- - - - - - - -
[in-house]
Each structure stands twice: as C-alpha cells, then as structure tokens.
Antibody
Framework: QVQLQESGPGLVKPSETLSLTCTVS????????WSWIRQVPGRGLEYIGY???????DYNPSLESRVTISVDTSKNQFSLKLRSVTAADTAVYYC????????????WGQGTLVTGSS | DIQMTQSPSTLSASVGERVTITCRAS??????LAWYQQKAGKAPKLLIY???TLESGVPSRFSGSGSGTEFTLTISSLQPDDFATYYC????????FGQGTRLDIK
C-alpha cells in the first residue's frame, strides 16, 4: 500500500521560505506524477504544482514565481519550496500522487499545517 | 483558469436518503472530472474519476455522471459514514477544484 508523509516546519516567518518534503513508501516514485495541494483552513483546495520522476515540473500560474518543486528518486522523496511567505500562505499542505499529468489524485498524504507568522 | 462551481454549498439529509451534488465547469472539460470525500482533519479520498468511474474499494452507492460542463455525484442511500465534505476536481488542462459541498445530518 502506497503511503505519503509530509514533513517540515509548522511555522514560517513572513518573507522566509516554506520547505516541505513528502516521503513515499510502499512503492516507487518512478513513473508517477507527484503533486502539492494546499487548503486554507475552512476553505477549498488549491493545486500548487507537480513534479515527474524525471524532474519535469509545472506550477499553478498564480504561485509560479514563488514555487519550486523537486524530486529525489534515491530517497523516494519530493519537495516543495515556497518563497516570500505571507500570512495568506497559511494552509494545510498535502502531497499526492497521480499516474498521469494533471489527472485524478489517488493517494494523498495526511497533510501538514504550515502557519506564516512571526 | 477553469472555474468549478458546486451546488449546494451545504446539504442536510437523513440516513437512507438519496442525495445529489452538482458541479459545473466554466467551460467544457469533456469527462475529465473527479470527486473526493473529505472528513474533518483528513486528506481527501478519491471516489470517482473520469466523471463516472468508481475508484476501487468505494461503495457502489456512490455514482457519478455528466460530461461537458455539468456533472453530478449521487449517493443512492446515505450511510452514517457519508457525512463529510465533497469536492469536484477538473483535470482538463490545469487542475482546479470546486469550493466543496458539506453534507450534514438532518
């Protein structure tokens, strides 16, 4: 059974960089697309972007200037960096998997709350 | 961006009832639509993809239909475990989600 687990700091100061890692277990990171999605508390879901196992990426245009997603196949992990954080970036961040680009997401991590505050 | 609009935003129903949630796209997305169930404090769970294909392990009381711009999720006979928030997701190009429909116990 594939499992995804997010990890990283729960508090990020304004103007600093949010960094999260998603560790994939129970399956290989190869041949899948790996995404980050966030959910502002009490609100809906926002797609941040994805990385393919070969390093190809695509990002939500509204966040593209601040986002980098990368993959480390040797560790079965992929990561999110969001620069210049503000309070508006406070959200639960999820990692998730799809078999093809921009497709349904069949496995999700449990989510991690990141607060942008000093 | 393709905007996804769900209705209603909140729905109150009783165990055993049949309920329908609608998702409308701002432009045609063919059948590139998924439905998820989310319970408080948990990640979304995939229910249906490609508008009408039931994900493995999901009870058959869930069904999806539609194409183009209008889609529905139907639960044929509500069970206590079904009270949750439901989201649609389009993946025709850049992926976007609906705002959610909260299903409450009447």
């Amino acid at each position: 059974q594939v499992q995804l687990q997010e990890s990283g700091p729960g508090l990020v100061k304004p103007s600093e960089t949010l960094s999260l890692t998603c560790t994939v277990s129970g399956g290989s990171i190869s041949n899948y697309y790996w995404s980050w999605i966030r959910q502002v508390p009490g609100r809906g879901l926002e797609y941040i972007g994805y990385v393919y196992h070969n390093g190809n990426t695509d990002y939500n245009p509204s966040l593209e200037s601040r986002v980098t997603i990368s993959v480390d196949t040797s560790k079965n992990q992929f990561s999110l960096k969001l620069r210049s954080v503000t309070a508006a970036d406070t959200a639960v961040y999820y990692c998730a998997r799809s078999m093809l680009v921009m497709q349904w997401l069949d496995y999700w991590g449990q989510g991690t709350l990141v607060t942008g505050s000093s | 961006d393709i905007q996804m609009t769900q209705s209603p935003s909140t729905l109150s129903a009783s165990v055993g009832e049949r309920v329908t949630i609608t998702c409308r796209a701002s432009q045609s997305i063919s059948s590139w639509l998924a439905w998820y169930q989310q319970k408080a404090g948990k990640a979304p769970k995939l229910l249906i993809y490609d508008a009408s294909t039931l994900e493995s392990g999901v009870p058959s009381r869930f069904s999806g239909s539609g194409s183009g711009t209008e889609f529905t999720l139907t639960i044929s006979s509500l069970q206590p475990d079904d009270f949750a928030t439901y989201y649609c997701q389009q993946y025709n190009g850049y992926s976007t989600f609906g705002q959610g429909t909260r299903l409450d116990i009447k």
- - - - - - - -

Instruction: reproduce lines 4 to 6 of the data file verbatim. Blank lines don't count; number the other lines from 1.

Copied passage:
Framework: QVQLQESGPGLVKPSETLSLTCTVS????????WSWIRQVPGRGLEYIGY???????DYNPSLESRVTISVDTSKNQFSLKLRSVTAADTAVYYC????????????WGQGTLVTGSS | DIQMTQSPSTLSASVGERVTITCRAS??????LAWYQQKAGKAPKLLIY???TLESGVPSRFSGSGSGTEFTLTISSLQPDDFATYYC????????FGQGTRLDIK
C-alpha cells in the first residue's frame, strides 16, 4: 500500500521560505506524477504544482514565481519550496500522487499545517 | 483558469436518503472530472474519476455522471459514514477544484 508523509516546519516567518518534503513508501516514485495541494483552513483546495520522476515540473500560474518543486528518486522523496511567505500562505499542505499529468489524485498524504507568522 | 462551481454549498439529509451534488465547469472539460470525500482533519479520498468511474474499494452507492460542463455525484442511500465534505476536481488542462459541498445530518 502506497503511503505519503509530509514533513517540515509548522511555522514560517513572513518573507522566509516554506520547505516541505513528502516521503513515499510502499512503492516507487518512478513513473508517477507527484503533486502539492494546499487548503486554507475552512476553505477549498488549491493545486500548487507537480513534479515527474524525471524532474519535469509545472506550477499553478498564480504561485509560479514563488514555487519550486523537486524530486529525489534515491530517497523516494519530493519537495516543495515556497518563497516570500505571507500570512495568506497559511494552509494545510498535502502531497499526492497521480499516474498521469494533471489527472485524478489517488493517494494523498495526511497533510501538514504550515502557519506564516512571526 | 477553469472555474468549478458546486451546488449546494451545504446539504442536510437523513440516513437512507438519496442525495445529489452538482458541479459545473466554466467551460467544457469533456469527462475529465473527479470527486473526493473529505472528513474533518483528513486528506481527501478519491471516489470517482473520469466523471463516472468508481475508484476501487468505494461503495457502489456512490455514482457519478455528466460530461461537458455539468456533472453530478449521487449517493443512492446515505450511510452514517457519508457525512463529510465533497469536492469536484477538473483535470482538463490545469487542475482546479470546486469550493466543496458539506453534507450534514438532518
């Protein structure tokens, strides 16, 4: 059974960089697309972007200037960096998997709350 | 961006009832639509993809239909475990989600 687990700091100061890692277990990171999605508390879901196992990426245009997603196949992990954080970036961040680009997401991590505050 | 609009935003129903949630796209997305169930404090769970294909392990009381711009999720006979928030997701190009429909116990 594939499992995804997010990890990283729960508090990020304004103007600093949010960094999260998603560790994939129970399956290989190869041949899948790996995404980050966030959910502002009490609100809906926002797609941040994805990385393919070969390093190809695509990002939500509204966040593209601040986002980098990368993959480390040797560790079965992929990561999110969001620069210049503000309070508006406070959200639960999820990692998730799809078999093809921009497709349904069949496995999700449990989510991690990141607060942008000093 | 393709905007996804769900209705209603909140729905109150009783165990055993049949309920329908609608998702409308701002432009045609063919059948590139998924439905998820989310319970408080948990990640979304995939229910249906490609508008009408039931994900493995999901009870058959869930069904999806539609194409183009209008889609529905139907639960044929509500069970206590079904009270949750439901989201649609389009993946025709850049992926976007609906705002959610909260299903409450009447």